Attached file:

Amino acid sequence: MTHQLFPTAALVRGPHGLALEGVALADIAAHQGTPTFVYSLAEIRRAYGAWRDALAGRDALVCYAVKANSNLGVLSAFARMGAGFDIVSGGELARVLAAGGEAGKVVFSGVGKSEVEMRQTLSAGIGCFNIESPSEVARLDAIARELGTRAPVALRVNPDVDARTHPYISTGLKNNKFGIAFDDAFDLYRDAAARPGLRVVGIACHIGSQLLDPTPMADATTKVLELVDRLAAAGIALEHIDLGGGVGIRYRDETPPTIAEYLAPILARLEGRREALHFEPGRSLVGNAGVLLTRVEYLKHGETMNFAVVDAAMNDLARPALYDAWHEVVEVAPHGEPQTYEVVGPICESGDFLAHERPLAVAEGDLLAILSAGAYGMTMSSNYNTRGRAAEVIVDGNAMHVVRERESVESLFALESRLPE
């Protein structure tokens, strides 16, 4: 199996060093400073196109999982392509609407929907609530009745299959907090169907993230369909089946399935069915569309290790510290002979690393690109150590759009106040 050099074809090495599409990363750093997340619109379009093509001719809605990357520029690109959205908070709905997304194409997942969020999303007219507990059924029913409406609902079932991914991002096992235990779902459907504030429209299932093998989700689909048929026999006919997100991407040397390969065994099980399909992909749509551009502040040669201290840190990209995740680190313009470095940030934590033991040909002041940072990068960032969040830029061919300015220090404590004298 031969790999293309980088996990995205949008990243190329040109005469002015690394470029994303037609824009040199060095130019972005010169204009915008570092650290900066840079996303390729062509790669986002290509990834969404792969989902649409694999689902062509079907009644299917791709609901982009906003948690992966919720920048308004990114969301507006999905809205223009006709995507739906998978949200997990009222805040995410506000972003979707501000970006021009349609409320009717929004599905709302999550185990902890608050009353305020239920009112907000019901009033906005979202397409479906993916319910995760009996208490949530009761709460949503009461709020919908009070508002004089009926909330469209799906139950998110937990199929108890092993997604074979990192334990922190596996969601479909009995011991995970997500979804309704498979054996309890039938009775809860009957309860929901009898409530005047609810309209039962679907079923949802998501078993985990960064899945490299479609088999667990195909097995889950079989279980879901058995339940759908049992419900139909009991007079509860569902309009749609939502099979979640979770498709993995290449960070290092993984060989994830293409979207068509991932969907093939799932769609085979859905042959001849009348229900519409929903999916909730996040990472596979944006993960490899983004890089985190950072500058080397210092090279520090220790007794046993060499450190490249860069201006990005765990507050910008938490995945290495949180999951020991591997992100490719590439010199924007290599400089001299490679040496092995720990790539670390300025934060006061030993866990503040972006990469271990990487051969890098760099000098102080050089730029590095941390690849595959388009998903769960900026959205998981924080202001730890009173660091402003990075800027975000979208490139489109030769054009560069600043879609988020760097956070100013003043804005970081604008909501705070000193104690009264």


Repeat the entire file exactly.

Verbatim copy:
Amino acid sequence: MTHQLFPTAALVRGPHGLALEGVALADIAAHQGTPTFVYSLAEIRRAYGAWRDALAGRDALVCYAVKANSNLGVLSAFARMGAGFDIVSGGELARVLAAGGEAGKVVFSGVGKSEVEMRQTLSAGIGCFNIESPSEVARLDAIARELGTRAPVALRVNPDVDARTHPYISTGLKNNKFGIAFDDAFDLYRDAAARPGLRVVGIACHIGSQLLDPTPMADATTKVLELVDRLAAAGIALEHIDLGGGVGIRYRDETPPTIAEYLAPILARLEGRREALHFEPGRSLVGNAGVLLTRVEYLKHGETMNFAVVDAAMNDLARPALYDAWHEVVEVAPHGEPQTYEVVGPICESGDFLAHERPLAVAEGDLLAILSAGAYGMTMSSNYNTRGRAAEVIVDGNAMHVVRERESVESLFALESRLPE
């Protein structure tokens, strides 16, 4: 199996060093400073196109999982392509609407929907609530009745299959907090169907993230369909089946399935069915569309290790510290002979690393690109150590759009106040 050099074809090495599409990363750093997340619109379009093509001719809605990357520029690109959205908070709905997304194409997942969020999303007219507990059924029913409406609902079932991914991002096992235990779902459907504030429209299932093998989700689909048929026999006919997100991407040397390969065994099980399909992909749509551009502040040669201290840190990209995740680190313009470095940030934590033991040909002041940072990068960032969040830029061919300015220090404590004298 031969790999293309980088996990995205949008990243190329040109005469002015690394470029994303037609824009040199060095130019972005010169204009915008570092650290900066840079996303390729062509790669986002290509990834969404792969989902649409694999689902062509079907009644299917791709609901982009906003948690992966919720920048308004990114969301507006999905809205223009006709995507739906998978949200997990009222805040995410506000972003979707501000970006021009349609409320009717929004599905709302999550185990902890608050009353305020239920009112907000019901009033906005979202397409479906993916319910995760009996208490949530009761709460949503009461709020919908009070508002004089009926909330469209799906139950998110937990199929108890092993997604074979990192334990922190596996969601479909009995011991995970997500979804309704498979054996309890039938009775809860009957309860929901009898409530005047609810309209039962679907079923949802998501078993985990960064899945490299479609088999667990195909097995889950079989279980879901058995339940759908049992419900139909009991007079509860569902309009749609939502099979979640979770498709993995290449960070290092993984060989994830293409979207068509991932969907093939799932769609085979859905042959001849009348229900519409929903999916909730996040990472596979944006993960490899983004890089985190950072500058080397210092090279520090220790007794046993060499450190490249860069201006990005765990507050910008938490995945290495949180999951020991591997992100490719590439010199924007290599400089001299490679040496092995720990790539670390300025934060006061030993866990503040972006990469271990990487051969890098760099000098102080050089730029590095941390690849595959388009998903769960900026959205998981924080202001730890009173660091402003990075800027975000979208490139489109030769054009560069600043879609988020760097956070100013003043804005970081604008909501705070000193104690009264």